In the Journals

EMR reminder did not improve cardiovascular disease risk screening among patients with RA

Implementation of an electronic medical record reminder did not improve the rate for cardiovascular risk screening among patients with rheumatoid arthritis, according to recently published data.

We implemented an EMR-based reminder and decision support tool to improve cardiovascular screening in patients with rheumatoid arthritis,” Ayobami T. Akenroye, MD, MPH, at the Albert Einstein College of Medicine, told Healio Rheumatology. “This was, however, not effective in improving screening rates.

Akenroye
Ayobami T. Akenroye

In December 2013, Akenroye and colleagues implemented the EMR reminder, which included the most recent value and target ranges for BMI, blood pressure (BP) and lipid profiles. The reminder was displayed for every rheumatologist and primary care visit for all patients with RA. Researchers compared lipid screening rates, changes in BP and obesity rates pre- (n = 138) and post-implementation (n = 112). They assessed factors associated with post-implementation lipid screening with logistic regression.

Akenroye and colleagues found lipid screening rates were 50% pre-implementation and 46% post-implementation. In post-implementation, there were no significant improvements in BP or obesity rates. Further, researchers found older age and history of diabetes were associated with an increased rate of lipid screening.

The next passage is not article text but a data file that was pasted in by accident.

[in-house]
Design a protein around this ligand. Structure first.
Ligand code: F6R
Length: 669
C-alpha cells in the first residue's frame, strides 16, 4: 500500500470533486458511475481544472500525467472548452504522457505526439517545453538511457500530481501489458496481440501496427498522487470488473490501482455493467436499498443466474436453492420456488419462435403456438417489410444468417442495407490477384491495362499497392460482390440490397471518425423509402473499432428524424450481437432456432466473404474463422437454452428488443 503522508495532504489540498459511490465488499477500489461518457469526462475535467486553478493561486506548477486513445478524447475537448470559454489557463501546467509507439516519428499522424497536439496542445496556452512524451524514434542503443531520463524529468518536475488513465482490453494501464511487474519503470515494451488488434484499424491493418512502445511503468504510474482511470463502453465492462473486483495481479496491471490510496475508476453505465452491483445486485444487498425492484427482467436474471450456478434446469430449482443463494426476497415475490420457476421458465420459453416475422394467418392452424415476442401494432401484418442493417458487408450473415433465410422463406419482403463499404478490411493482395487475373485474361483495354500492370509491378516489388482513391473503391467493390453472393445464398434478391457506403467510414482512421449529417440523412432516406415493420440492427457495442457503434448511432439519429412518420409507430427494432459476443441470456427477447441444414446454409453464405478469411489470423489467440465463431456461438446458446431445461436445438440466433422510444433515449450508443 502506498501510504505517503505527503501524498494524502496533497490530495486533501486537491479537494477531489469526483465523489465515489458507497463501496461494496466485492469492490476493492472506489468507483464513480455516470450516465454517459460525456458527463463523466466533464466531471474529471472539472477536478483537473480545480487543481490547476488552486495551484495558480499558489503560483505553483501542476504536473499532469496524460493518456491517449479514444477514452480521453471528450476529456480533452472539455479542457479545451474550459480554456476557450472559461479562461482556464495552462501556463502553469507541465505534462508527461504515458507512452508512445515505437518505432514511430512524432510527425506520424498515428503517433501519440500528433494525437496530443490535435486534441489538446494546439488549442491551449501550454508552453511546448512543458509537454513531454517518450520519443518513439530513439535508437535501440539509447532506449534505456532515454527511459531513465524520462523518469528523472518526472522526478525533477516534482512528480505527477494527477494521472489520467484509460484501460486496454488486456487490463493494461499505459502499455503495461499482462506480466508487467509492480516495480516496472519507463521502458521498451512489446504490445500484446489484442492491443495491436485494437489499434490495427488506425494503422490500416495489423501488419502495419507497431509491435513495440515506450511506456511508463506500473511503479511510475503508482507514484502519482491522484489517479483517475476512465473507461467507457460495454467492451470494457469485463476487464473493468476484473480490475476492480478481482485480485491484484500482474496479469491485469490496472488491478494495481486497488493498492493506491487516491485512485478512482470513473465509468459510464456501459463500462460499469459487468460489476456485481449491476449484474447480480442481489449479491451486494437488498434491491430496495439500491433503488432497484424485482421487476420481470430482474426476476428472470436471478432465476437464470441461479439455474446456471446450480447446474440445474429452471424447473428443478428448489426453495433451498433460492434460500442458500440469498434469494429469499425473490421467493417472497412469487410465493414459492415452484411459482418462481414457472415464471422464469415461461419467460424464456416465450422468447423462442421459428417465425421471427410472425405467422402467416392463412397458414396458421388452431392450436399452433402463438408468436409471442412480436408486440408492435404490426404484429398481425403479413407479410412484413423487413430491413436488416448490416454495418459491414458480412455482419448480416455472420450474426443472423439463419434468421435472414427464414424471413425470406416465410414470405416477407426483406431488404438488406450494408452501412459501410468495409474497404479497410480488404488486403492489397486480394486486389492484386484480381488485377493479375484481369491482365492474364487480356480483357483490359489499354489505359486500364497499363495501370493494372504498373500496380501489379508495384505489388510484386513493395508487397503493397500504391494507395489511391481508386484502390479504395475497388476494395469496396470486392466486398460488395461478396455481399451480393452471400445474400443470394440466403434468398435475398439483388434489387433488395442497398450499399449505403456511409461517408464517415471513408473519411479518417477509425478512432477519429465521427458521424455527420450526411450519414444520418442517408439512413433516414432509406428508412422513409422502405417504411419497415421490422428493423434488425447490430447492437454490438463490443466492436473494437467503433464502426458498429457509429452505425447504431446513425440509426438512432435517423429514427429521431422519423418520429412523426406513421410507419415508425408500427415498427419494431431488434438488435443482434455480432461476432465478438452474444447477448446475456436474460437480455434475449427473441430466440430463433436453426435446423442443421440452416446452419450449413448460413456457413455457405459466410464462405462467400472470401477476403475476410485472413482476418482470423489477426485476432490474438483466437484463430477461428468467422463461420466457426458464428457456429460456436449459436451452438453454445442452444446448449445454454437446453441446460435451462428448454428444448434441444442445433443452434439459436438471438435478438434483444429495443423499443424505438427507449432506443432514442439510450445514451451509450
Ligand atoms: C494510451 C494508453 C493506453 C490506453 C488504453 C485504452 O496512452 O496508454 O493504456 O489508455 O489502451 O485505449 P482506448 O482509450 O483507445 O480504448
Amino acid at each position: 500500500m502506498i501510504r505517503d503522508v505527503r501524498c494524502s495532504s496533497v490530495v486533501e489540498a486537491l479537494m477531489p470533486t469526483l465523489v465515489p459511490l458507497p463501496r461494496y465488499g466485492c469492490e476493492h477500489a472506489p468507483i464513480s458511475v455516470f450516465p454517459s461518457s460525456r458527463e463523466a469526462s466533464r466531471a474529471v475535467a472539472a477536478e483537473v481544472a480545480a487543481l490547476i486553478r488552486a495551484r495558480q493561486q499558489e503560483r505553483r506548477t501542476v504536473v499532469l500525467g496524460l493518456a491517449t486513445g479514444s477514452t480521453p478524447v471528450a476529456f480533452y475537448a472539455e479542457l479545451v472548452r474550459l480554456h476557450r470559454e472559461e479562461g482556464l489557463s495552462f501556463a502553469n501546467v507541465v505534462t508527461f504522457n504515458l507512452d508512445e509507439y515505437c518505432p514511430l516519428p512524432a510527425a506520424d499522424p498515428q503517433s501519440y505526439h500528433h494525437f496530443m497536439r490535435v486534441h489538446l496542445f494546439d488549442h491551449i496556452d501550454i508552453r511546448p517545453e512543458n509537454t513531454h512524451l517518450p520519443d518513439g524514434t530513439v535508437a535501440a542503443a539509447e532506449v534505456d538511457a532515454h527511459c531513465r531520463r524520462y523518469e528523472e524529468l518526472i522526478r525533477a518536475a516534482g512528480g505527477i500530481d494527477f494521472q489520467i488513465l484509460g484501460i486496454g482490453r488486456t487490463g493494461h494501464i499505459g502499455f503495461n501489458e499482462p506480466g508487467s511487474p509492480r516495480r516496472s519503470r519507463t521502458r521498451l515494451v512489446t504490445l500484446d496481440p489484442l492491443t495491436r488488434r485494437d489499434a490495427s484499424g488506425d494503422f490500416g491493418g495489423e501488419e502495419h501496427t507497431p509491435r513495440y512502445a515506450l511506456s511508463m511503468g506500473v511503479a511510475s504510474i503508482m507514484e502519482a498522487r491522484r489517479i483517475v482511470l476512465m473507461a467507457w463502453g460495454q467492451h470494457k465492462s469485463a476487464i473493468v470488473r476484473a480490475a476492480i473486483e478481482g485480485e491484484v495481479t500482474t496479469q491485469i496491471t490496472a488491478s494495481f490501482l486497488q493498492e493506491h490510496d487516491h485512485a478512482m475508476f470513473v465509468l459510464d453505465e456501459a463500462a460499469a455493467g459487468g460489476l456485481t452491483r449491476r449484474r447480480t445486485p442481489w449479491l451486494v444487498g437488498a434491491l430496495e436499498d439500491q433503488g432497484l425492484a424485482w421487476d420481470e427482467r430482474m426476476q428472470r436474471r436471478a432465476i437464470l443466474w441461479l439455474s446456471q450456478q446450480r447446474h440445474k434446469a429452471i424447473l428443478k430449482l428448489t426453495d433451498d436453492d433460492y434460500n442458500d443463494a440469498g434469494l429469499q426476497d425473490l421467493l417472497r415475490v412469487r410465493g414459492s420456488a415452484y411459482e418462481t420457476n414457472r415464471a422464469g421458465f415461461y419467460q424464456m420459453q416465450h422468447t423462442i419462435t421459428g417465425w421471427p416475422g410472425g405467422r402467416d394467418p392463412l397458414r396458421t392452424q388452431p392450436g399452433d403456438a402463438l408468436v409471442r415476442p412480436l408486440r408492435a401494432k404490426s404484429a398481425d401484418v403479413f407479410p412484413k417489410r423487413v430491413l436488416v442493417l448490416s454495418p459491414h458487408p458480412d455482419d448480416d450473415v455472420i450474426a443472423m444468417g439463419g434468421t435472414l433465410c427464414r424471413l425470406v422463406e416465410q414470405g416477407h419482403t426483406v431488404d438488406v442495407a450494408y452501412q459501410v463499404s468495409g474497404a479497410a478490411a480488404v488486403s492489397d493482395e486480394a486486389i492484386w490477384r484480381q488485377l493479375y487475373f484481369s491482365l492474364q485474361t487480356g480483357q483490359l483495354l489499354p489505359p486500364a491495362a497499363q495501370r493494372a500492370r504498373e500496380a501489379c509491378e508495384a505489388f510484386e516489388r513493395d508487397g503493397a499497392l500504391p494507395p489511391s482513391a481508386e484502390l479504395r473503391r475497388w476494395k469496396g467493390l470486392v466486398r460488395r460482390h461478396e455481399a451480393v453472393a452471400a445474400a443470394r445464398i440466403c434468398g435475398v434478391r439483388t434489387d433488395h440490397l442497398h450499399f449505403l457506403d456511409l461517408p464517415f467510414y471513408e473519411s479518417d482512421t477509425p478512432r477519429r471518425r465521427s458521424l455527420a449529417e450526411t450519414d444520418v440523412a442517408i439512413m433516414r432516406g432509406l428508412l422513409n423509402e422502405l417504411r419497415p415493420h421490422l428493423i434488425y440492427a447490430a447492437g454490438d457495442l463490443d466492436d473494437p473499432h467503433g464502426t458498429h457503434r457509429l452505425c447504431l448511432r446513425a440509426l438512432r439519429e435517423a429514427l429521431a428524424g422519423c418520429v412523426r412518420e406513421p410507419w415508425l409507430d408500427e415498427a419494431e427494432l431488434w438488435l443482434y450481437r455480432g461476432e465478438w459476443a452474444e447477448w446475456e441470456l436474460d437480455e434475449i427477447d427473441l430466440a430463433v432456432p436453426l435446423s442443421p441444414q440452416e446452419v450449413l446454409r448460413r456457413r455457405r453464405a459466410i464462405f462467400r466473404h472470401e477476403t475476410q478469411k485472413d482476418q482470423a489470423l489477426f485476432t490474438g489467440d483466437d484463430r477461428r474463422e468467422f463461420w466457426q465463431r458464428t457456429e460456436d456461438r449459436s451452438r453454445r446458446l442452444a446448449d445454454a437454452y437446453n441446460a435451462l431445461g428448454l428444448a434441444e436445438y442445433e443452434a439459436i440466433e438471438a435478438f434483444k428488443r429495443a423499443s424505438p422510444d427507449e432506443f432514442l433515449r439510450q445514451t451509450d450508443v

“To reduce cardiovascular mortality in patients with rheumatoid arthritis, providers and patients have to be educated on the cardiovascular risks associated with rheumatoid arthritis, and future research to identify and address barriers to cardiovascular screening are needed,” Akenroye said. – by Will Offit

Disclosures: Researchers report support by the Pfizer educational grant to the Montefiore CME to Improve cardiovascular risk screening in RA.

Implementation of an electronic medical record reminder did not improve the rate for cardiovascular risk screening among patients with rheumatoid arthritis, according to recently published data.

We implemented an EMR-based reminder and decision support tool to improve cardiovascular screening in patients with rheumatoid arthritis,” Ayobami T. Akenroye, MD, MPH, at the Albert Einstein College of Medicine, told Healio Rheumatology. “This was, however, not effective in improving screening rates.

Akenroye
Ayobami T. Akenroye

In December 2013, Akenroye and colleagues implemented the EMR reminder, which included the most recent value and target ranges for BMI, blood pressure (BP) and lipid profiles. The reminder was displayed for every rheumatologist and primary care visit for all patients with RA. Researchers compared lipid screening rates, changes in BP and obesity rates pre- (n = 138) and post-implementation (n = 112). They assessed factors associated with post-implementation lipid screening with logistic regression.

Akenroye and colleagues found lipid screening rates were 50% pre-implementation and 46% post-implementation. In post-implementation, there were no significant improvements in BP or obesity rates. Further, researchers found older age and history of diabetes were associated with an increased rate of lipid screening.

“To reduce cardiovascular mortality in patients with rheumatoid arthritis, providers and patients have to be educated on the cardiovascular risks associated with rheumatoid arthritis, and future research to identify and address barriers to cardiovascular screening are needed,” Akenroye said. – by Will Offit

Disclosures: Researchers report support by the Pfizer educational grant to the Montefiore CME to Improve cardiovascular risk screening in RA.